An African Election is a political documentary that exposes the never-before-seen, nitty-gritty of political electioneering in Africa. It captures the intrigues of political campaigns; the ...
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An African Election is a political documentary that exposes the never-before-seen, nitty-gritty of political electioneering in Africa. It captures the intrigues of political campaigns; the almost carnival like atmosphere that is laced with fear of the unknown and the danger that lurks behind-the-scenes.Written by
Not so much about the particular party politics as it is about the pride of Ghana. Abolishes media induced stereotypes and gives a true picture and feel of an election and life in an African country.
More important than the outcome of the dramatically close election is the necessity to prove to the world and even more than that to set the foundation for Ghana pride through the upholding of the solid legitimacy of the election. We don't know how the election will turn out and that is exciting but even more so we root for a peaceful democratic election that may seem questionable based on media induced notions. It proves to the world influenced by the media, who plagues Africa with the stereotypical political corruption and anarchy, how solid, serious and legitimate the process is and how far Ghana and Africa have come. A multi stepped detailed process entailing the upholding of the constitution, the hard work of the neutral election committee and the people's heart and soul lining up to place their ballots with zeal. All to ensure Ghana elects the rightful leader and upholds democracy as well as any nation on the globe could.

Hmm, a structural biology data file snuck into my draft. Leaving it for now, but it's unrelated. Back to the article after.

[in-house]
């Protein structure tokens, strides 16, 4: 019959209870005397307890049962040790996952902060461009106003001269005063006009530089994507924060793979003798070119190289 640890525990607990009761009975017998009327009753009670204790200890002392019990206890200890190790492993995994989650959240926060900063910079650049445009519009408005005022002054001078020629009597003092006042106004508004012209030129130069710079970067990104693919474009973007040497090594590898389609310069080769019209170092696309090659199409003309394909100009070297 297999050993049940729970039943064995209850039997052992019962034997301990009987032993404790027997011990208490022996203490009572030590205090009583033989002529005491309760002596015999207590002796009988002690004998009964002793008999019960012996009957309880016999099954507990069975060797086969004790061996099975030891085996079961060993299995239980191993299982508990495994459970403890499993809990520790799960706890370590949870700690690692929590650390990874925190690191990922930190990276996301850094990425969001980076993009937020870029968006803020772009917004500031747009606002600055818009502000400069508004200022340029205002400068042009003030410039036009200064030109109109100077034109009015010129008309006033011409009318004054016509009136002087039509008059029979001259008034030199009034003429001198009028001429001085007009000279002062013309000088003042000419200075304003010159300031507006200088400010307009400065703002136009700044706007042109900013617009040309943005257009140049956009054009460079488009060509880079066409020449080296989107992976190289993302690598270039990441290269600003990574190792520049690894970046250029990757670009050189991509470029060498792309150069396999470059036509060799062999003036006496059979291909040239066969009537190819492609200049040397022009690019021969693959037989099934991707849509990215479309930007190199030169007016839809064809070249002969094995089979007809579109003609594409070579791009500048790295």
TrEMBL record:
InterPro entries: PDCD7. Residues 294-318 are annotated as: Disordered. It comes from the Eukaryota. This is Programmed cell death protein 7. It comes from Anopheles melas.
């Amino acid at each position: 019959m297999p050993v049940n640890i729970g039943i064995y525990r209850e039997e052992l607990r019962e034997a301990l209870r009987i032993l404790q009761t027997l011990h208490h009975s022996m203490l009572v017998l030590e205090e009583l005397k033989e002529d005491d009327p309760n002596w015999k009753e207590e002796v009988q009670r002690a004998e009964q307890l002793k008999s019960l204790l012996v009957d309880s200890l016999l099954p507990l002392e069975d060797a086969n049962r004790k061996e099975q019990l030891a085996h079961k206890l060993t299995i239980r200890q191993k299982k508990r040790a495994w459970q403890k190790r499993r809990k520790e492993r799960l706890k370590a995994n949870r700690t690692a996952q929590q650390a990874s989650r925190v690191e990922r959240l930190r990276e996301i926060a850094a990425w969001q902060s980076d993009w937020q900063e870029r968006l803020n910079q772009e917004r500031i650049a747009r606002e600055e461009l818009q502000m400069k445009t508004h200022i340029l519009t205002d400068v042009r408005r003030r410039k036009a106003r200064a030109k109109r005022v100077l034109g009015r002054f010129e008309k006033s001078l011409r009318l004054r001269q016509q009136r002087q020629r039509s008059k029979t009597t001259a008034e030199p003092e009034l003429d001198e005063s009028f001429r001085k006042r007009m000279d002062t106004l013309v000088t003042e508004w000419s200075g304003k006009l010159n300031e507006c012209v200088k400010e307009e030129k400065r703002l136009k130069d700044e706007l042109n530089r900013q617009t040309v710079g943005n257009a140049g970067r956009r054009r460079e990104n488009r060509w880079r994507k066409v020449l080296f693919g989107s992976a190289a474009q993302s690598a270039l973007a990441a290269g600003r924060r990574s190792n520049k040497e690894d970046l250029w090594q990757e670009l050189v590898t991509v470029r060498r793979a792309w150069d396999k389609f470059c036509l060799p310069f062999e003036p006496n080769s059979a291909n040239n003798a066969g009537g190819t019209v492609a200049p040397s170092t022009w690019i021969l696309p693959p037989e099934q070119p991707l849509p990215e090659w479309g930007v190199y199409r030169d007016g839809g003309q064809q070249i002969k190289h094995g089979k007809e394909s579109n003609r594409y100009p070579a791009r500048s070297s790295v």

Riveting and intense the close election and the outcome make an unpredictable edge of your seat thriller that not only entertains but informs. We learn about party politics (not so much the individual politics of Ghana's leaders rather more general notions of partisan politics), we are exposed to an interesting gueveraesque revolutionary history with charismatic leaders that has not been overly delved into and is probably not that well known by most westerners and we get a life on the streets feel where we arm chair travel so that we briefly feel and witness the country, the people and the continent. The rapid shots were intense but a slower passed editing style is more favorable to absorb some of the scenes and more fully transport to Ghana. The access to both the top leaders and the election committee will amaze. It is probably the closest any filmmaker has gotten to both opposing party leaders at that highest level. A great documentary!
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